In Yamashita, one of the first U.S. cases to acknowledge the command responsibility doctrine, the Supreme Court found that a Japanese military commander could be held responsible for the widespread atrocities committed by Japanese military personnel and prison guards in the Philippines during World War II, even if that commander did not specifically order the harms in question. The Eleventh Circuit articulated the legal elements of command responsibility for ATS cases in Ford v. Garcia. CJA’s brief argued that the panel decision risked limiting liability for human rights violations to low-level actors, thereby undermining the very purpose of the command responsibility doctrine.
In addition to CJA’s amicus brief, three other briefs were filed in support of the Plaintiffs’ petition:
- Earth Rights International filed a brief arguing that the Eleventh Circuit decision misapplied the standard for crimes against humanity under international law. Available here.
- Professors Phillip Alston and Sarah Knuckey from NYU School of Law filed a brief on the standards for extrajudicial killing. Available here.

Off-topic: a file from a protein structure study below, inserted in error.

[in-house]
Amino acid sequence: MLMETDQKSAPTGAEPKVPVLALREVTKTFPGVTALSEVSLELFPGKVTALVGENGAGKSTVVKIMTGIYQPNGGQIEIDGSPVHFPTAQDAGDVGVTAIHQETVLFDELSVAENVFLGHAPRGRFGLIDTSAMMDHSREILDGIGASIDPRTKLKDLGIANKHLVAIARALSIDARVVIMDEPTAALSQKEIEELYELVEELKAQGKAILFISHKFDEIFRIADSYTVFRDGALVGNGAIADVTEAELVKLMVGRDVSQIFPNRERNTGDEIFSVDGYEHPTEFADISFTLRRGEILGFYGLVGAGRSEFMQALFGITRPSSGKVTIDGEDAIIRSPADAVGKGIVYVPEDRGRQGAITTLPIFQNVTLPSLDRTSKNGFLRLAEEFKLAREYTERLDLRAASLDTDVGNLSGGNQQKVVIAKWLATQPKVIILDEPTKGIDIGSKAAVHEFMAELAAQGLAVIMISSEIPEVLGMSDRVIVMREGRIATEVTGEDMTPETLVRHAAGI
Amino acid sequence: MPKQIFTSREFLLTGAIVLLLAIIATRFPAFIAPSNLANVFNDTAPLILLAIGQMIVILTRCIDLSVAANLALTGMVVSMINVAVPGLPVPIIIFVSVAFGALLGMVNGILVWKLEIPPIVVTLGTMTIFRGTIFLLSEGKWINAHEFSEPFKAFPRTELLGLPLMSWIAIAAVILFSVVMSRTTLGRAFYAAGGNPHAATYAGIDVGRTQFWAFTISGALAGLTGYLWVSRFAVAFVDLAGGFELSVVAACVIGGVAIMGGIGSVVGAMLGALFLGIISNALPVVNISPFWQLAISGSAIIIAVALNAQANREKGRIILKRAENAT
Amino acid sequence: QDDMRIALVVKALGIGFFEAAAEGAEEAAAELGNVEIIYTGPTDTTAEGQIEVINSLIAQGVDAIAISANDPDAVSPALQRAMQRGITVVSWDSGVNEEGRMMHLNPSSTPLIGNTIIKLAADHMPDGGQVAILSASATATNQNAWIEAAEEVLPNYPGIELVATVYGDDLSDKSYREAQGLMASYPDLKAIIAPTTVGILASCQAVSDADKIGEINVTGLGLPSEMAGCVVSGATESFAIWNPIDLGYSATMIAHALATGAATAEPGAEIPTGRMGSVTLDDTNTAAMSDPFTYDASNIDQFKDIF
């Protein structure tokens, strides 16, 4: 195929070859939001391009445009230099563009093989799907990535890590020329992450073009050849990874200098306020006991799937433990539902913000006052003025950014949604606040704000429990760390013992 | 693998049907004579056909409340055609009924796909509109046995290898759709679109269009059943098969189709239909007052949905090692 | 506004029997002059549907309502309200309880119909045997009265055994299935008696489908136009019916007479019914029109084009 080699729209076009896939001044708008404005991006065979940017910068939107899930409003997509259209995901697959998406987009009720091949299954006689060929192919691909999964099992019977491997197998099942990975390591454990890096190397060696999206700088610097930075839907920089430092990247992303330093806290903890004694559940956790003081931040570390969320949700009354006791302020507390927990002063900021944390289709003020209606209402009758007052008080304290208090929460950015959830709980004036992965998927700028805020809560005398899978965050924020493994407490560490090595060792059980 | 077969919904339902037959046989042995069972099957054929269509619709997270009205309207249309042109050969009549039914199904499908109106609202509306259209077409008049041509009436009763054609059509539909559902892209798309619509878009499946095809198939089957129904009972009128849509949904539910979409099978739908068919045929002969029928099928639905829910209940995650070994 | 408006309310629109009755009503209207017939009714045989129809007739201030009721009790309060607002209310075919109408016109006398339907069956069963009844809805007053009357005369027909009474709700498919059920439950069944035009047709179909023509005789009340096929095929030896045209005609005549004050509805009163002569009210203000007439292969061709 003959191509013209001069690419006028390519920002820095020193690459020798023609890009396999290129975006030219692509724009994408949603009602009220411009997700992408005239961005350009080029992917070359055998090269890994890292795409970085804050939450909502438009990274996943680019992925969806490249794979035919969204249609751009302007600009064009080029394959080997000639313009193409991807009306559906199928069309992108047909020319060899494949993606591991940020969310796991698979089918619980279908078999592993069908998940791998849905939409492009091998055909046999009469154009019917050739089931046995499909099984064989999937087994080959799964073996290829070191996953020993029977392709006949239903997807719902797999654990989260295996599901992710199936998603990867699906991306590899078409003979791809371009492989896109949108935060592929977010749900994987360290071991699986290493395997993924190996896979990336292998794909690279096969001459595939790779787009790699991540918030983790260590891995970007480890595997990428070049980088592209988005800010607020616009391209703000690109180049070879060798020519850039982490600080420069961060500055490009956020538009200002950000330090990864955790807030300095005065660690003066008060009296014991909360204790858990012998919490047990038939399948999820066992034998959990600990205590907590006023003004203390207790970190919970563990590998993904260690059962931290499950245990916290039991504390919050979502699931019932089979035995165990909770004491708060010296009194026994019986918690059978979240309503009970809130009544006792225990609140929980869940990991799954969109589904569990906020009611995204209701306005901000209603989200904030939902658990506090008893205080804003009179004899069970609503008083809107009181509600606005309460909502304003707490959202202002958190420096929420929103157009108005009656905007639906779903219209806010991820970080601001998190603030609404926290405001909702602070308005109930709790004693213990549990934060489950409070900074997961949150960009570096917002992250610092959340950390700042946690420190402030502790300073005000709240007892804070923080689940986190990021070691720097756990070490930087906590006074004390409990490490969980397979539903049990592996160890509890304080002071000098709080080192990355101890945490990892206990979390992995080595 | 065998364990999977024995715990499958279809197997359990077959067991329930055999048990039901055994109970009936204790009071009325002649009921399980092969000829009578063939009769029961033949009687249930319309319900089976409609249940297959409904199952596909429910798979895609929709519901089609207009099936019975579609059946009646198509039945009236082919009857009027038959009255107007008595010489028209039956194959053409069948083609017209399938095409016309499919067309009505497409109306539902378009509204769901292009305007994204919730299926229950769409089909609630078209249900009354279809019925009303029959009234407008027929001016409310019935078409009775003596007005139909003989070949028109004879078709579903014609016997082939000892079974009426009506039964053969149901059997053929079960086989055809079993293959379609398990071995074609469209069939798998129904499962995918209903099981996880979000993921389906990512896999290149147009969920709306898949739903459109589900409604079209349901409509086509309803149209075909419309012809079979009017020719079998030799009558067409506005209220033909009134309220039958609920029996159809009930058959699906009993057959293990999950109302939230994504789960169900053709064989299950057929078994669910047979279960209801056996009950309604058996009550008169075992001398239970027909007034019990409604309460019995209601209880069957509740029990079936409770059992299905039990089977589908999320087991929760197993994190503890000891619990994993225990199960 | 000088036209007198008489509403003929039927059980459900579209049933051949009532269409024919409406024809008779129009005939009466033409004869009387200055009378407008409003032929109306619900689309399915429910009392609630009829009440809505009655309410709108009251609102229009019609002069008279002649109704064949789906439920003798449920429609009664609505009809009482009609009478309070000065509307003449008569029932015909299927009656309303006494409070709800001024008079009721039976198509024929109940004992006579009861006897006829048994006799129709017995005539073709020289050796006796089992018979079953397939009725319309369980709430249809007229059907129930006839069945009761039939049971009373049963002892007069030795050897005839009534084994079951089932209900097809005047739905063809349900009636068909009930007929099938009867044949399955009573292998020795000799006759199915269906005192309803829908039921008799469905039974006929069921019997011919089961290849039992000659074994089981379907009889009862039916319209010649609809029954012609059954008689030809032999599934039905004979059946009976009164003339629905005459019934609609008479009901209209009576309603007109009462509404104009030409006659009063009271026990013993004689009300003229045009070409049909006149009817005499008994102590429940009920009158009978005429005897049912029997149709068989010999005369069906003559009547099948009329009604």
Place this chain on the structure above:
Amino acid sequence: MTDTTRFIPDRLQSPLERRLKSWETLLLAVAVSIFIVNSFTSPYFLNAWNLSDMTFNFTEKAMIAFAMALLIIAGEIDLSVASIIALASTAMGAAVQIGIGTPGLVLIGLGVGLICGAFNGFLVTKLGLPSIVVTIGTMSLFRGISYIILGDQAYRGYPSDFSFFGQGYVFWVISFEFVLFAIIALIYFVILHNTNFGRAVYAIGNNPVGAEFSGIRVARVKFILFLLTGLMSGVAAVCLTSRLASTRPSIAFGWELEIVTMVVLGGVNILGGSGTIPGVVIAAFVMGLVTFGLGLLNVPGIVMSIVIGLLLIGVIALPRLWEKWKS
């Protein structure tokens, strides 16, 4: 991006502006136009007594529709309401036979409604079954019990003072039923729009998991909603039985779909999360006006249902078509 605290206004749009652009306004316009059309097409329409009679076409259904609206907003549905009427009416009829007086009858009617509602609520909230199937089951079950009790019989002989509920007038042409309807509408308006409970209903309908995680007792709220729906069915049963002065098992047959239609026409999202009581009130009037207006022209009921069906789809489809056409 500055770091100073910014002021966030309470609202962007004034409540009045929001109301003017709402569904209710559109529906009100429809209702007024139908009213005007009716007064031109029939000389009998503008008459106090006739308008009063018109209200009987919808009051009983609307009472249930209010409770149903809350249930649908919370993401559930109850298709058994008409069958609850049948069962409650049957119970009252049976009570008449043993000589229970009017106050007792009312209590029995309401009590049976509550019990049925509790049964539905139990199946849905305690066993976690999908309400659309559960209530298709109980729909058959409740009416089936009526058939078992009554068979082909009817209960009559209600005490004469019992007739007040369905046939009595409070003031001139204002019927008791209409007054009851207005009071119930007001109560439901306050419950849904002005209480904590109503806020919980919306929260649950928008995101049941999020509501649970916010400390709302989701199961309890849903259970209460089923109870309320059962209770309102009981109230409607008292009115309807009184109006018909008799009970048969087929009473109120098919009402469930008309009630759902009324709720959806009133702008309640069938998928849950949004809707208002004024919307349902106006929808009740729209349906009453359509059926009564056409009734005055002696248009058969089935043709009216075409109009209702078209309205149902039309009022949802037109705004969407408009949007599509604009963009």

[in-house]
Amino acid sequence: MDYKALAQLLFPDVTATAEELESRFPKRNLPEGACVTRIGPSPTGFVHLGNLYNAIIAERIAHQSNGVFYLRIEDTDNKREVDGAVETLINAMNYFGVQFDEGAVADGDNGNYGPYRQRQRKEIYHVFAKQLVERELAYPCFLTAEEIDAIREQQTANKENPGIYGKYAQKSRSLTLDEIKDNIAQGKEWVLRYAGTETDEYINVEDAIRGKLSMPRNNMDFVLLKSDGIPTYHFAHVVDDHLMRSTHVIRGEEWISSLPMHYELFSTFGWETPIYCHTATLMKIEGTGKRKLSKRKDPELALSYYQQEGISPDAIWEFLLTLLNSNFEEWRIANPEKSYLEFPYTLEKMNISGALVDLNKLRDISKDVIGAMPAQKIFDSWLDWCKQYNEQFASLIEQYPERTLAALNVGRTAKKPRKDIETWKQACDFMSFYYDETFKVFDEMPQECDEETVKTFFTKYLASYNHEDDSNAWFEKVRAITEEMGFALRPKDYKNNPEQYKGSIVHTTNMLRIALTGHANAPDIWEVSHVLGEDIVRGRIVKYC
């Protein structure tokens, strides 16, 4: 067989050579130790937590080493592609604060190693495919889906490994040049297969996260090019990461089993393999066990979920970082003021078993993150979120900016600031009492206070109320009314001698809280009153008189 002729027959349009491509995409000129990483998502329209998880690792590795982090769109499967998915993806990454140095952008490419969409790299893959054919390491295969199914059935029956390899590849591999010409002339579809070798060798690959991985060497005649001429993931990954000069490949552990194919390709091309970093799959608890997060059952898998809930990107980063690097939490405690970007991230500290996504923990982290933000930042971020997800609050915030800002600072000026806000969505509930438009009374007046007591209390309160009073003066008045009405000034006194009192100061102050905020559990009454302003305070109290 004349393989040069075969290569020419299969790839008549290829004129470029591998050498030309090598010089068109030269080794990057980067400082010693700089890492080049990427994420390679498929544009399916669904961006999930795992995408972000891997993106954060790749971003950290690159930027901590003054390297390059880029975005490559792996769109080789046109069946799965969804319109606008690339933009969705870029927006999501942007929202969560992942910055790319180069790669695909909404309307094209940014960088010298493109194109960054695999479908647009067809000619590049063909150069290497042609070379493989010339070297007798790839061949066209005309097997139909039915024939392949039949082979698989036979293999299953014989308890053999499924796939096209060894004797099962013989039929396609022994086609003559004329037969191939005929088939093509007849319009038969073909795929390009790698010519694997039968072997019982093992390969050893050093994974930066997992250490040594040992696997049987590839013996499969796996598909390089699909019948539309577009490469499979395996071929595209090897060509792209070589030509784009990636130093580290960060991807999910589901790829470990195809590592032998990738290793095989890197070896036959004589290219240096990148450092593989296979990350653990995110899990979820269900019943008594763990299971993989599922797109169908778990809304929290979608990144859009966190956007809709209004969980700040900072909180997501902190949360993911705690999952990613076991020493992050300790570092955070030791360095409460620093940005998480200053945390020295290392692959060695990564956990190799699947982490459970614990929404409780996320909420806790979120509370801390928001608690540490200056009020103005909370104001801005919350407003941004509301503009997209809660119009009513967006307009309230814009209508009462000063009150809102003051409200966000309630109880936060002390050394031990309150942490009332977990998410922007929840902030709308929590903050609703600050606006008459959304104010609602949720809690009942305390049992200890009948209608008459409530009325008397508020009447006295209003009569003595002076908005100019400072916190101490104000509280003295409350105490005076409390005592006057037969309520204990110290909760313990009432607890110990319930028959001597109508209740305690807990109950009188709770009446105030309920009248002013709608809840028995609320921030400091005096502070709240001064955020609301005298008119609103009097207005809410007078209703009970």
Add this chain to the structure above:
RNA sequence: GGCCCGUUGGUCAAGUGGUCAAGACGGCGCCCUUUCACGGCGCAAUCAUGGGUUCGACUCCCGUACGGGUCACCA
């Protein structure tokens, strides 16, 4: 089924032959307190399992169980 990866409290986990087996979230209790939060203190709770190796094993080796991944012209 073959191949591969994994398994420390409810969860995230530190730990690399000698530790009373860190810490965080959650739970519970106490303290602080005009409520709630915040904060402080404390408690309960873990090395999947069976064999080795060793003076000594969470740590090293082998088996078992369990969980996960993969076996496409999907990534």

- Cohen Milstein Sellers & Toll PLLC filed a brief on behalf of professors of civil procedure arguing that the Eleventh Circuit decision improperly imposed a heightened pleading standard that contradicts the Federal Rules. Available here.
Plaintiffs’ petition for rehearing en banc was denied.
Amicus Brief on Exhaustion Under the TVPA (March 13, 2015)
On March 13, 2015, CJA, in partnership with Ropes & Gray, submitted an amicus brief to the Eleventh Circuit on behalf of CJA and seven CJA clients.
The brief supports an affirmation of the District Court’s ruling on the exhaustion provision of the TVPA that arguing 1) the TVPA incorporates the exhaustion requirement as it is applied under customary international law by human rights courts; 2) under international human rights law, the exhaustion-of-local-remedies requirement does not have any preclusive effect and is merely a condition precedent to admissibility on the merits; and 3) humanitarian aid alone does not preclude international human rights claims for extrajudicial killing and torture because it does not provide a full and effective remedy, which must include individual accountability and satisfaction from the perpetrators.